Digital signal processing (DSP) in the real world often begins with sampling. Sampling takes measurements of a continuous waveform at regular intervals and results in a sequence of measured values.

Sampling a sine waveform.

Data Analysis and Sampling

Sampling is one of many ways to perform signal analysis. Like other analysis methods, it takes apart data. More specifically, it takes apart a continuous waveform into components or “samples.”

Data Synthesis and Sampling

After the data are separated into samples, is it possible to put them back together? That is, is synthesis possible? The answer is yes. This answer is one of the most surprising results in mathematics and is fundamental to DSP.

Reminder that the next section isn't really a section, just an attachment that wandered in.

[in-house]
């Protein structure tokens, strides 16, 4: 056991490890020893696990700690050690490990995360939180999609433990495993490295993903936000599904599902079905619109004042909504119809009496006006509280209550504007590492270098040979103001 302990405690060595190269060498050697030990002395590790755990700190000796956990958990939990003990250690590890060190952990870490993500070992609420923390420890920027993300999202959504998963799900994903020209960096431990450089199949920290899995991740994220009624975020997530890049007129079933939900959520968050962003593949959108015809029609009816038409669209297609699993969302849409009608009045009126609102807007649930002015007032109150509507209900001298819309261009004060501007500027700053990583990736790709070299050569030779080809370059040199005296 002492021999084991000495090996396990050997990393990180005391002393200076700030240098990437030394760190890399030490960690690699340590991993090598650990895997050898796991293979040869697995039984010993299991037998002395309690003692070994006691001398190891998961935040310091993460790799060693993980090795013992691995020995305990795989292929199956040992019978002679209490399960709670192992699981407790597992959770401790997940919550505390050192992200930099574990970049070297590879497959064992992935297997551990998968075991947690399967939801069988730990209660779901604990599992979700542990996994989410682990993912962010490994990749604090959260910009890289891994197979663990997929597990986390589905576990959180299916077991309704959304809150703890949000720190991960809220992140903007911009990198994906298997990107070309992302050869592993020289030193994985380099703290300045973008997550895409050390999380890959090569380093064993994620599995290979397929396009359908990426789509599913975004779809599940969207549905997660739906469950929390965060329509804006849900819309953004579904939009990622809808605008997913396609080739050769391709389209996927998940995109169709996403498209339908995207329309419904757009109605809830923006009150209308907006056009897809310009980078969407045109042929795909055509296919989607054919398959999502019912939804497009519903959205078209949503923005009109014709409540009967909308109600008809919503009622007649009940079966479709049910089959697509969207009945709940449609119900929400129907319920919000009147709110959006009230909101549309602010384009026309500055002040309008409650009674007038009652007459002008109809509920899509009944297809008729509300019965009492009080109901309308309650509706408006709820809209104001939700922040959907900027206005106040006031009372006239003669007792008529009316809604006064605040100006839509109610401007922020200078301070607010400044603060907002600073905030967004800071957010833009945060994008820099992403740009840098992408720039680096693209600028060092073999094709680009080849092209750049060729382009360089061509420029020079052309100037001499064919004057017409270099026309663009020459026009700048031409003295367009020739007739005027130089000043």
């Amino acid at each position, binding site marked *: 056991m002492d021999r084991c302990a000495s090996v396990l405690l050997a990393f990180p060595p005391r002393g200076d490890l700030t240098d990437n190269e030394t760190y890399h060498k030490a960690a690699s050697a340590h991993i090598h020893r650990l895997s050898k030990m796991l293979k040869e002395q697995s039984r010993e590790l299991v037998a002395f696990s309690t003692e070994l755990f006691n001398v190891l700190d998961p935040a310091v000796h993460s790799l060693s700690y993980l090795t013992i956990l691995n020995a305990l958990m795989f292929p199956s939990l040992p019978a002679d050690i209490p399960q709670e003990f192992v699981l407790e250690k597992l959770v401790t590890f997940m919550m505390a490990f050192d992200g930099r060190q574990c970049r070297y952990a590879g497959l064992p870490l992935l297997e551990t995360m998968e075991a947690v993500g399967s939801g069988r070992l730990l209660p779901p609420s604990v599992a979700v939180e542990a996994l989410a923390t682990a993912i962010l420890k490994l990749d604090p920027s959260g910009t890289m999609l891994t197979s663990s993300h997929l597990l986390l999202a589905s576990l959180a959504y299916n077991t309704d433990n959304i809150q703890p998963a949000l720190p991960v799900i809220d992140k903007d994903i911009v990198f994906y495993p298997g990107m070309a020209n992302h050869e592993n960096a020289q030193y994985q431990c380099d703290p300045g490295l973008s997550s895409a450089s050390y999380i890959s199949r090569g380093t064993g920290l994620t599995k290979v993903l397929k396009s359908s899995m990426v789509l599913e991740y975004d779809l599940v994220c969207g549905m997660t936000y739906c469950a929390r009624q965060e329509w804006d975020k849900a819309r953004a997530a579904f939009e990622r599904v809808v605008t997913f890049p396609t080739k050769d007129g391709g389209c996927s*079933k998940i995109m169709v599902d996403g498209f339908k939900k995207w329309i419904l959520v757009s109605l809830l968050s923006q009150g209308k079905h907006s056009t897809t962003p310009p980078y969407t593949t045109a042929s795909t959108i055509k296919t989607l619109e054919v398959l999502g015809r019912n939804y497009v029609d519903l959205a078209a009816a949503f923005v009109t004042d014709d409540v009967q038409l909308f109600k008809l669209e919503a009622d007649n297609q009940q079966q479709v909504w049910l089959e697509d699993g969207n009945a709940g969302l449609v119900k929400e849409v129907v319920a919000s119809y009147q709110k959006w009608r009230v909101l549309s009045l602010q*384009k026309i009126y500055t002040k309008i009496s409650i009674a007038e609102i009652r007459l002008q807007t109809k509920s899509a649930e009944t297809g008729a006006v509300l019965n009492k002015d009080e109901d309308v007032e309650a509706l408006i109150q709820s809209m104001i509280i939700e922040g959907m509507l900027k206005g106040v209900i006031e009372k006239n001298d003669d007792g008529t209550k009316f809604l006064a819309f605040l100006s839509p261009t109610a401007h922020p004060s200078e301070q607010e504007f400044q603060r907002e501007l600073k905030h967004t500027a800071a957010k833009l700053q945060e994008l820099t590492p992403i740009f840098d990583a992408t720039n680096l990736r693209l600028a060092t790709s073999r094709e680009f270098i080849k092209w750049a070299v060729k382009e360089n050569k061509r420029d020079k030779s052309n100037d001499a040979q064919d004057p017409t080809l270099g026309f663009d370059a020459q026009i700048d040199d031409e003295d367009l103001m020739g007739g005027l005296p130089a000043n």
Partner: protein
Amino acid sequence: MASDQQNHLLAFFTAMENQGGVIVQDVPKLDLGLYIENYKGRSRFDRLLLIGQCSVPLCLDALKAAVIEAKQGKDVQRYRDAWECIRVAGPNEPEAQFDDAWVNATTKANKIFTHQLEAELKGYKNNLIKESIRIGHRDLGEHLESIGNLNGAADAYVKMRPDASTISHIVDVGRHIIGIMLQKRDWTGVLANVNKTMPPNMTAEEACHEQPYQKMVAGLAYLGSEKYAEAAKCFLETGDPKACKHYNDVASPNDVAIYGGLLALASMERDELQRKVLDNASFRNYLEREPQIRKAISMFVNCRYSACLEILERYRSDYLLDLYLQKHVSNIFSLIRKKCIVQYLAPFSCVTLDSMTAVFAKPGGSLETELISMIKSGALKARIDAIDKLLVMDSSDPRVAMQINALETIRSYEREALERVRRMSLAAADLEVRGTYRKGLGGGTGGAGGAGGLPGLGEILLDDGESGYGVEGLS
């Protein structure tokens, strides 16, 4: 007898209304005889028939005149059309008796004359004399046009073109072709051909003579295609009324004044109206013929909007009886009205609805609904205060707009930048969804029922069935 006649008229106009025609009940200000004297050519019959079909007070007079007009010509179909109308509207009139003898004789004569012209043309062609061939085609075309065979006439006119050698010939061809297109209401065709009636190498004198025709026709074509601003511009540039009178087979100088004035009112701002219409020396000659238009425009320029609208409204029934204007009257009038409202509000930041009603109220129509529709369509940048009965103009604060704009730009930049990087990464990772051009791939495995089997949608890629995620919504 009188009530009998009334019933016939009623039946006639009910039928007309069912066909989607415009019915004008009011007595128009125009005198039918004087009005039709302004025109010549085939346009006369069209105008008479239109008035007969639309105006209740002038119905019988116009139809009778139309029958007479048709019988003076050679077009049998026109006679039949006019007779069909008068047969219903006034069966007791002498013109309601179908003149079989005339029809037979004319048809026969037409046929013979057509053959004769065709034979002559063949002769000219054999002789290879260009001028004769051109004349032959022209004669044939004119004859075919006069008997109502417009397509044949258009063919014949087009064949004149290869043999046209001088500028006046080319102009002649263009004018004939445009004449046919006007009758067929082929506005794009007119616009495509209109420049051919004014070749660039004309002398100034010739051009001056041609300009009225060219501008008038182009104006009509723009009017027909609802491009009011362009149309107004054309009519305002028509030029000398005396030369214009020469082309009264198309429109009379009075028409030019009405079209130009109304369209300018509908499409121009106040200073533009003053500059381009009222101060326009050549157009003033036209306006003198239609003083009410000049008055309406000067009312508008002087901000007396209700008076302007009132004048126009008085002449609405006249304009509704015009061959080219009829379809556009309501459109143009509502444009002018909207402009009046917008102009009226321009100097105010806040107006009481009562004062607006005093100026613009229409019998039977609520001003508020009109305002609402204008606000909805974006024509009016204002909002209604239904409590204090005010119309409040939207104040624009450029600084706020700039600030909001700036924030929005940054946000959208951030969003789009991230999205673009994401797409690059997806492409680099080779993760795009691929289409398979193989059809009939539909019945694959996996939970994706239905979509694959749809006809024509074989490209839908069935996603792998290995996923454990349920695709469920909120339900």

According to the sampling theorem, if the sample rate is at least two times the highest frequency component of the waveform being sampled, perfect reconstruction is possible.

Mathematically, the basis for a band-limited function x(t) is a series of sinc functions called a Cardinal series. The coefficients for the projection of x(t) onto the basis are the samples of x(t).

Nyquist Frequency

The highest frequency component is called the Nyquist frequency. Sampling above this value is known as oversampling.

Undersampling occurs when the sample rate is less than two times this value. It can cause multiple copies of the signal in the frequency domain to overlap and result in aliasing. Aliasing occurs when a high-frequency signal masquerades as a low-frequency signal.

References

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